NEW: David Trewern

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With Web 2.0, feedback and advocacy comes faster than ever before, speeding up the evolution (or extinction) of brands.

User-generated content: Friend and foe for leading brands

david trewern

Web 2.0 is all about communities and conversations. Online communities comprise any combination of consumer, company representative, advocate, publisher or critic.

Conversations can be “one to one”, “one to many”, “many to many” or even “many to one”. Specific examples include social networking and broadcasting, blogging, corporate podcasts, discussion forums and user reviews. User-generated content makes the world bigger and smaller at the same time.

Web 2.0 applications facilitate and encourage consumers to become content publishers. People love to have a voice, and consumers often look to the broader community for endorsement and approval before making purchasing decisions. Increasingly, purchasers go online to gain the view of the “community” before booking a holiday or buying a plasma TV.

But what does user-generated content mean for brands? It can have a potentially devastating impact for brands. But of course only if a company has got something to hide, or does not deserve the position that may have been created for it by clever marketing.

Consumer content makes it even harder for brands to achieve the “cut through” required to communicate clear messages and shape market perceptions. In fact many large companies are losing control of their messages to the masses.

It’s now common for a Google search to yield a user-generated Wikepedia page near the top of the results, sometimes above the official website for the brand or product in question. Of course the Wikepedia page contains the description that has been created and agreed to by the community, which may differ greatly from the official marketing blurb.

On the other hand, companies and products that create value for their customers and offer exceptional service can shine in this transparent new world of the online advocate.

And it’s very difficult to cheat the system against the overwhelming might of the collective. Positive customer testimonials, ratings and legitimate endorsements can be much more powerful than the advertising that has built many great companies over the past 60 years.

So what should companies do in this brave new world? They should stick to what they do best; create valuable and relevant products and offer a level of service that results in advocacy from every customer. This means being an approachable brand that listens to customers and invites feedback. In the online world the feedback loop can be closed in record time.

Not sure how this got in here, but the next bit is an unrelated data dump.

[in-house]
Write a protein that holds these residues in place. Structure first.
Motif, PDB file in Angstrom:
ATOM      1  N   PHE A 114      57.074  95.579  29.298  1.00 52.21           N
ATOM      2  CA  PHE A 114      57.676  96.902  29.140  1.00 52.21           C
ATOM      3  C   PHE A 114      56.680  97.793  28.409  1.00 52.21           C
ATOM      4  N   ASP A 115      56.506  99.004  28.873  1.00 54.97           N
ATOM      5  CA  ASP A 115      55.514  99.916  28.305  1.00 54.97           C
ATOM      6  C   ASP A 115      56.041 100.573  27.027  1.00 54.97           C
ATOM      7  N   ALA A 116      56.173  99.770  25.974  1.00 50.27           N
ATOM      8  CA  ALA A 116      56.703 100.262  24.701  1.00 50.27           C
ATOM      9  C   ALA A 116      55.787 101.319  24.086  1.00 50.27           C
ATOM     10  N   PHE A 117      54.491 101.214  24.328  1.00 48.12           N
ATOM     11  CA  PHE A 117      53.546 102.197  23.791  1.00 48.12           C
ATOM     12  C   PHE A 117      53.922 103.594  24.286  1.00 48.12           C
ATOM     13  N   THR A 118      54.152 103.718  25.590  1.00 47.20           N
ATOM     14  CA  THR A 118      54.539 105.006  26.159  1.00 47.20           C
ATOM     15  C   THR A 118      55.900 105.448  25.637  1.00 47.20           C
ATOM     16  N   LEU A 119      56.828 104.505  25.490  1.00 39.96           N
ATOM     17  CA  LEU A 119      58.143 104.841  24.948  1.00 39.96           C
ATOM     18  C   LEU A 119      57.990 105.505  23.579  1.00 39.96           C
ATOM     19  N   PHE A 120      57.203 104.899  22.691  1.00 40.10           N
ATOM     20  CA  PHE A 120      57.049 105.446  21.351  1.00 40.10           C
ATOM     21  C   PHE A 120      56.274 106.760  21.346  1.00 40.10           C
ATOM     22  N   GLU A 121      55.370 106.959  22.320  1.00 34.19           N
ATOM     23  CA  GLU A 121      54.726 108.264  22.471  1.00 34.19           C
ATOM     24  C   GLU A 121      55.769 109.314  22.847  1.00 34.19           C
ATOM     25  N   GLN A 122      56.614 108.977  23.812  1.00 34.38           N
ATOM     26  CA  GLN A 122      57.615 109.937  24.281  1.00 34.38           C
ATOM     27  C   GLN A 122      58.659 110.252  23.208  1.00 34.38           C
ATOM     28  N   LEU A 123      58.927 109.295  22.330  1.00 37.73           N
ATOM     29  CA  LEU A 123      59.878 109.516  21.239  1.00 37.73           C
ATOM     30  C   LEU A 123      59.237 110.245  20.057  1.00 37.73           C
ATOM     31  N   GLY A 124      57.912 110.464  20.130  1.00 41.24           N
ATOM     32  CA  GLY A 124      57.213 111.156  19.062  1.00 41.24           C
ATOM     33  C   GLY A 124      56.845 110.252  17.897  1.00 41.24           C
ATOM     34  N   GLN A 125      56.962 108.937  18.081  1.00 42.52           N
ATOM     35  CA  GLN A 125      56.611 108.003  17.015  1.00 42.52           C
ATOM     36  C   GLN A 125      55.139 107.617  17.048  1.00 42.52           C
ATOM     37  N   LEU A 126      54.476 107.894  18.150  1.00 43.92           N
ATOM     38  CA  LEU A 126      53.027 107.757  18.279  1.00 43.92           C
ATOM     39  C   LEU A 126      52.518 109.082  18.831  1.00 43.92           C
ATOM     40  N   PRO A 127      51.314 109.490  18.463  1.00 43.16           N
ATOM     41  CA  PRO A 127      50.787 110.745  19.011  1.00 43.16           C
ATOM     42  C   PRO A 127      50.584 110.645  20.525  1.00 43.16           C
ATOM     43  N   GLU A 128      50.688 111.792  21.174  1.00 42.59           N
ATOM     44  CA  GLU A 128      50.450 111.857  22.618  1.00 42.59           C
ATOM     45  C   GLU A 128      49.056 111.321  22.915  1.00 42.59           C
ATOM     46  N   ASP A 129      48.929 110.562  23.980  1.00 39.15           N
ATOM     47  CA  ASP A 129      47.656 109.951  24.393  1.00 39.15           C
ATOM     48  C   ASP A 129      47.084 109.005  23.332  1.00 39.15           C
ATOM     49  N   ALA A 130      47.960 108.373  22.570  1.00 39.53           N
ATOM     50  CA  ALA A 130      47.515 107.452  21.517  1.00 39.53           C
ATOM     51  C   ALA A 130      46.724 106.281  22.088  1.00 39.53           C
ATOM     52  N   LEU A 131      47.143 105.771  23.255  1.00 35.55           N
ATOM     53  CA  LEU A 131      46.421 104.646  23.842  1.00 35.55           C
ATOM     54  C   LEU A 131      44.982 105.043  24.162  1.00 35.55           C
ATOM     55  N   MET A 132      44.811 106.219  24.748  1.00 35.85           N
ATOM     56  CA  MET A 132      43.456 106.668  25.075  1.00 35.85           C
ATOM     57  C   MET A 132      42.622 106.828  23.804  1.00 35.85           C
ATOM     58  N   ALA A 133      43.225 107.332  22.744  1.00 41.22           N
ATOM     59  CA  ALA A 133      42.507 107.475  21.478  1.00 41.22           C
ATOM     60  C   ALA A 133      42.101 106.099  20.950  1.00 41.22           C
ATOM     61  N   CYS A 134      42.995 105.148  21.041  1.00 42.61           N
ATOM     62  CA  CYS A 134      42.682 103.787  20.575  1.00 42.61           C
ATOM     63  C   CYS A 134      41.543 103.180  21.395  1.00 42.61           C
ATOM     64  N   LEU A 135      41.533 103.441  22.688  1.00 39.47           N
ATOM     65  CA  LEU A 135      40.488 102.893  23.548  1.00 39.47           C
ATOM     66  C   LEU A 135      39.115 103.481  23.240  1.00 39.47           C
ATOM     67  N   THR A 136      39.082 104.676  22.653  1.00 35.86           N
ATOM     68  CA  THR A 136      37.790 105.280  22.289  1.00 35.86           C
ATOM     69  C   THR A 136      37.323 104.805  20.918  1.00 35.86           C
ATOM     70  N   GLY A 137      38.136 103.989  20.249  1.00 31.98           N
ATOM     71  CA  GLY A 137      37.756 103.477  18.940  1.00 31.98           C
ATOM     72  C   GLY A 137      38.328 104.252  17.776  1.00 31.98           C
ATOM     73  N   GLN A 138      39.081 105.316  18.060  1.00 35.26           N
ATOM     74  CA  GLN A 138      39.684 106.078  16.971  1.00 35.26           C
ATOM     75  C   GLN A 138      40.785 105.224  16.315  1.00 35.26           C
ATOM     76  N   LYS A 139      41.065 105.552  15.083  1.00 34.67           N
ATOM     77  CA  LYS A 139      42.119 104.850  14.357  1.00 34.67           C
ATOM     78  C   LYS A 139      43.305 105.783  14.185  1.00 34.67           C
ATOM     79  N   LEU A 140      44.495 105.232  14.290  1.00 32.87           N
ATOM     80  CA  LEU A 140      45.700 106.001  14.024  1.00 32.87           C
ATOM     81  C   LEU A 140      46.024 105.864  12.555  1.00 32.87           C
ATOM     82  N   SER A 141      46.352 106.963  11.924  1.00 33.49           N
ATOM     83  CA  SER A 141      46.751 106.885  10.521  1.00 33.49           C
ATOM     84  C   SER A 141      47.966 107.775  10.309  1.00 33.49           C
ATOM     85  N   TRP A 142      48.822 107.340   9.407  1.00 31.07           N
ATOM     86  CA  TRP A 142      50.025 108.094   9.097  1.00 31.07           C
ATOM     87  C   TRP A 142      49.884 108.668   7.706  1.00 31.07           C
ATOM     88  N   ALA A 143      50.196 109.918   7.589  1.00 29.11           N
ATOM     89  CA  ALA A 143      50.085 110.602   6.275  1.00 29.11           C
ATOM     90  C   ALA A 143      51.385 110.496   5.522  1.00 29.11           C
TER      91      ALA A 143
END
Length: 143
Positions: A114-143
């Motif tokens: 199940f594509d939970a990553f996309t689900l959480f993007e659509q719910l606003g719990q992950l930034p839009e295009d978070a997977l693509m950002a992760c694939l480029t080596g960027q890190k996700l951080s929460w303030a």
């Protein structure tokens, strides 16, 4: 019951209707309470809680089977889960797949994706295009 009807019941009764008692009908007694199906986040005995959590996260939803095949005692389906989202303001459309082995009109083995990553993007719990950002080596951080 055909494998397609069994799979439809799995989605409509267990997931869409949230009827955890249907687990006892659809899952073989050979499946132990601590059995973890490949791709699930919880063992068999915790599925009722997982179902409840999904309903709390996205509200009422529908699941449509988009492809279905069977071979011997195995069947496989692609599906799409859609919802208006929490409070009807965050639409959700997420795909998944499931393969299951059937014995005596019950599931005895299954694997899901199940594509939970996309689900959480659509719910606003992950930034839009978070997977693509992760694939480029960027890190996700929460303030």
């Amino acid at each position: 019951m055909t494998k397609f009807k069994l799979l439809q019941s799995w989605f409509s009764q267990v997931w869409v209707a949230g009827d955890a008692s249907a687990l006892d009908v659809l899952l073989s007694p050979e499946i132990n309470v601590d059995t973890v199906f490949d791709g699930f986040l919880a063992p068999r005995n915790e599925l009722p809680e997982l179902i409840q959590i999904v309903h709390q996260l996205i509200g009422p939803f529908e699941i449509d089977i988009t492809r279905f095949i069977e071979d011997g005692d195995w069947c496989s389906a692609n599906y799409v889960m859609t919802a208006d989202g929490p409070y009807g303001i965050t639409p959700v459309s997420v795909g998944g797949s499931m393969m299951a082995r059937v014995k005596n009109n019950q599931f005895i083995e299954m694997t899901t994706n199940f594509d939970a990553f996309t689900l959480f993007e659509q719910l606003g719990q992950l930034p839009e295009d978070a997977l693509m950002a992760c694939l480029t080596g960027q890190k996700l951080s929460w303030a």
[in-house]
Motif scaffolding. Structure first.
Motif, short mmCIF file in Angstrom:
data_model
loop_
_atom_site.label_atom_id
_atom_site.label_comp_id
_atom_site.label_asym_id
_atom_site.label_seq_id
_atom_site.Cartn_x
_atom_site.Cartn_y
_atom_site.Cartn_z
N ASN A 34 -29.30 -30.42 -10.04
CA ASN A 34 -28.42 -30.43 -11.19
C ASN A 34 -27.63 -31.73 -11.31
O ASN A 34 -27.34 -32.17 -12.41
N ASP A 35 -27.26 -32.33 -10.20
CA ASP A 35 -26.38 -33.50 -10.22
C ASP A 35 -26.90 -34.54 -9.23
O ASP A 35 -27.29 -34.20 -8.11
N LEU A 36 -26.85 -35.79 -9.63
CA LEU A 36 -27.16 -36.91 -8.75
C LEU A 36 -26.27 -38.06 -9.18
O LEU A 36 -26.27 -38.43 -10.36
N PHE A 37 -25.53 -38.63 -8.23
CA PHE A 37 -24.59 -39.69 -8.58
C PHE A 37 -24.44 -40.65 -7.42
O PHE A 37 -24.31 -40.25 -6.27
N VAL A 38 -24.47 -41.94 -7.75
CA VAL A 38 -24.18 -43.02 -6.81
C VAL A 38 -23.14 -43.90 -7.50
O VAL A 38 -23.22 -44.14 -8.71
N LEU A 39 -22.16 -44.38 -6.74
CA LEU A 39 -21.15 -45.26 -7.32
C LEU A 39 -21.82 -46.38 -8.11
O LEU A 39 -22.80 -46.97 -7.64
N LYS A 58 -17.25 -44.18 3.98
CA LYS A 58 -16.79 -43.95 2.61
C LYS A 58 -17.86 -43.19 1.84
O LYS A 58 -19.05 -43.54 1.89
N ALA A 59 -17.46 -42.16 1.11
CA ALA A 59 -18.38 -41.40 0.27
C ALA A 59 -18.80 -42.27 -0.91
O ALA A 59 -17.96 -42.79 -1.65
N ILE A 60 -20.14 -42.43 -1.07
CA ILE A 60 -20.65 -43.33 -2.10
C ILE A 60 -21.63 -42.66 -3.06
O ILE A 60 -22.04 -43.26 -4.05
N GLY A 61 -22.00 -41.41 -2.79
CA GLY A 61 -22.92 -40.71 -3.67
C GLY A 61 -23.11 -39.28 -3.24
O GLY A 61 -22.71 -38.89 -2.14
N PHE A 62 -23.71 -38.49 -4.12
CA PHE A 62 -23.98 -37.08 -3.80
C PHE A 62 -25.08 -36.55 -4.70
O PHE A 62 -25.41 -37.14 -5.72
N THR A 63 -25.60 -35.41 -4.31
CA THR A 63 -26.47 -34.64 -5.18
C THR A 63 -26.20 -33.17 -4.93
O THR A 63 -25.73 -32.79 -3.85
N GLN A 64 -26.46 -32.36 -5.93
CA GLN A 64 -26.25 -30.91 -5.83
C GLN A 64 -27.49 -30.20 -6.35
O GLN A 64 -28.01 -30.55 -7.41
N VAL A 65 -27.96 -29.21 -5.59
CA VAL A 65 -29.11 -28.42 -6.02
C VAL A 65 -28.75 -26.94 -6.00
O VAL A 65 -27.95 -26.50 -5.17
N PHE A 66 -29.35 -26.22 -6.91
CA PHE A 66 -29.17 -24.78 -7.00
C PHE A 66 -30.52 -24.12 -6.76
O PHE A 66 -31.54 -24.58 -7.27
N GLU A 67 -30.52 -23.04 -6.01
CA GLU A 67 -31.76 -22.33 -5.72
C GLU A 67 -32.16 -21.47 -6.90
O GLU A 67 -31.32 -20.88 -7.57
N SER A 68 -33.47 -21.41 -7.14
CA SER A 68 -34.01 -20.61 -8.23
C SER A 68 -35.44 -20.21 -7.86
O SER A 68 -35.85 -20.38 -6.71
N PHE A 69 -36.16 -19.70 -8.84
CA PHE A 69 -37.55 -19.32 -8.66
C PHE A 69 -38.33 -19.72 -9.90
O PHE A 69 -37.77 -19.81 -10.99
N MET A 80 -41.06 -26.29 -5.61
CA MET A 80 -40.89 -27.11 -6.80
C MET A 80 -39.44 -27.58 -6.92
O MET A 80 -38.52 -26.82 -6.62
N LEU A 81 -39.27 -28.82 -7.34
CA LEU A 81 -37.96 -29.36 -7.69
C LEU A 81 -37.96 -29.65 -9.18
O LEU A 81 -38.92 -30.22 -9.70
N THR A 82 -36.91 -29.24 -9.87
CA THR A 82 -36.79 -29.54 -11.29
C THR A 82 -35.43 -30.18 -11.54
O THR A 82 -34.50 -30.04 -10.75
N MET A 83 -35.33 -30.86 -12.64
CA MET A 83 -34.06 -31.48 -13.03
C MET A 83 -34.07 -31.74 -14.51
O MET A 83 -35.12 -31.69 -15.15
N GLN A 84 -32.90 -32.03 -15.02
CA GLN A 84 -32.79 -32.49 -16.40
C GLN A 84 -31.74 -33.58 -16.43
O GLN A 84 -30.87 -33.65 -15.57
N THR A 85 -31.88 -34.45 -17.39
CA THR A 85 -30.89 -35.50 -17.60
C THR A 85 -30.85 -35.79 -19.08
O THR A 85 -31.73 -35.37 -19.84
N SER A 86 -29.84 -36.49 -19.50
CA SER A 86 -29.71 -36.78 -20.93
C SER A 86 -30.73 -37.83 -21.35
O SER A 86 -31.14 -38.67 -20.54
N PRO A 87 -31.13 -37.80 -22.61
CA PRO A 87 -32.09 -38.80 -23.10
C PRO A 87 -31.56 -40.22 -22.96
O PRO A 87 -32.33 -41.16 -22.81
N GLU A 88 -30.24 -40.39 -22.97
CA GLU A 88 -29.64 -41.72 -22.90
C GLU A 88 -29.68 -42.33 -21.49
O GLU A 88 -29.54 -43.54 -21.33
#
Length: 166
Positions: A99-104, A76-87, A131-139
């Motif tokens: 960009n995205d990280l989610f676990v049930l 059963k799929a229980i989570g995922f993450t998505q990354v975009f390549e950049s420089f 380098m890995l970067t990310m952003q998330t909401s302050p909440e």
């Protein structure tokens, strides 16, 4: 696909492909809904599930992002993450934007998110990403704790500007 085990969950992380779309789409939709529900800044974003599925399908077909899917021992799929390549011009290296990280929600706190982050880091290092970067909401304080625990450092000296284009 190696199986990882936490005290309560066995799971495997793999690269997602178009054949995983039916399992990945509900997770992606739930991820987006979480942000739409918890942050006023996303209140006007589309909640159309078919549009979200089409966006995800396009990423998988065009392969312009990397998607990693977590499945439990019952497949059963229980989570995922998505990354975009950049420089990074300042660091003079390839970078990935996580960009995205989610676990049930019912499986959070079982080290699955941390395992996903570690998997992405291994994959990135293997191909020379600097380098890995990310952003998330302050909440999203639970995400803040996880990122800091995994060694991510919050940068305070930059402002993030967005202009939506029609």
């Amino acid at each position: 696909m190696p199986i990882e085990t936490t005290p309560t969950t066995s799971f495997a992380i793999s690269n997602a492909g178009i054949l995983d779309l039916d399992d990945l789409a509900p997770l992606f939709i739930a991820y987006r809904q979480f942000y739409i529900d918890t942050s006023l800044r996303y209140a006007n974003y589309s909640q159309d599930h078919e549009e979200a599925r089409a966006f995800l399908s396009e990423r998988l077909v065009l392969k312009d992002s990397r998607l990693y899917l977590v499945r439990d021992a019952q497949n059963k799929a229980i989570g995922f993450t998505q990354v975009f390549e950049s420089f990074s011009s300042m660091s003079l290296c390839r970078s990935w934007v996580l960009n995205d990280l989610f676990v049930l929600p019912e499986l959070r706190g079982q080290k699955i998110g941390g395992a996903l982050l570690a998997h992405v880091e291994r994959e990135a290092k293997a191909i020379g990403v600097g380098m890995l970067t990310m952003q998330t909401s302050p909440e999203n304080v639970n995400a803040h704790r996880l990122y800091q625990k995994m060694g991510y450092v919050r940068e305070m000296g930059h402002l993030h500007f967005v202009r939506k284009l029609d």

Traditional advertising still has a very important role to play in building the brands of the future. But advertising must be more honest than ever before. One wrong move can set the bloggers on fire.

Rather than the hard sell, marketers needs to create positive stories and experiences that create positive karma and halos around brands. Brands are easier to knock and hate than ever before, but can verge on religious when the values, messages and products of a company resonate with customers. Think Apple computer.

User-generated content is a truly great thing. It’s great for brands and for the broader economy. Market forces in our capitalist society have always rewarded good companies and forced out of touch companies to reinvent themselves or get out of the way.

In the 2007 BRANDZ top 100 ranking, Google was listed as the most valuable brand on the planet. Never before has a brand become so powerful so quickly. It’s very fitting that the mother of online user empowerment has been so empowered by its own invention.

While Google has only been incorporated for nine years, the average age of the next nine brands on the list is 93 years.

But of course our online powered world of instant celebrity can also work against brands. Online privacy concerns and ACCC court cases could very quickly undo Google’s hard work, turning the company that “does no evil” into the evil empire literally overnight.

With Web 2.0, feedback and advocacy comes faster than ever before, speeding up the evolution (or extinction) of brands.


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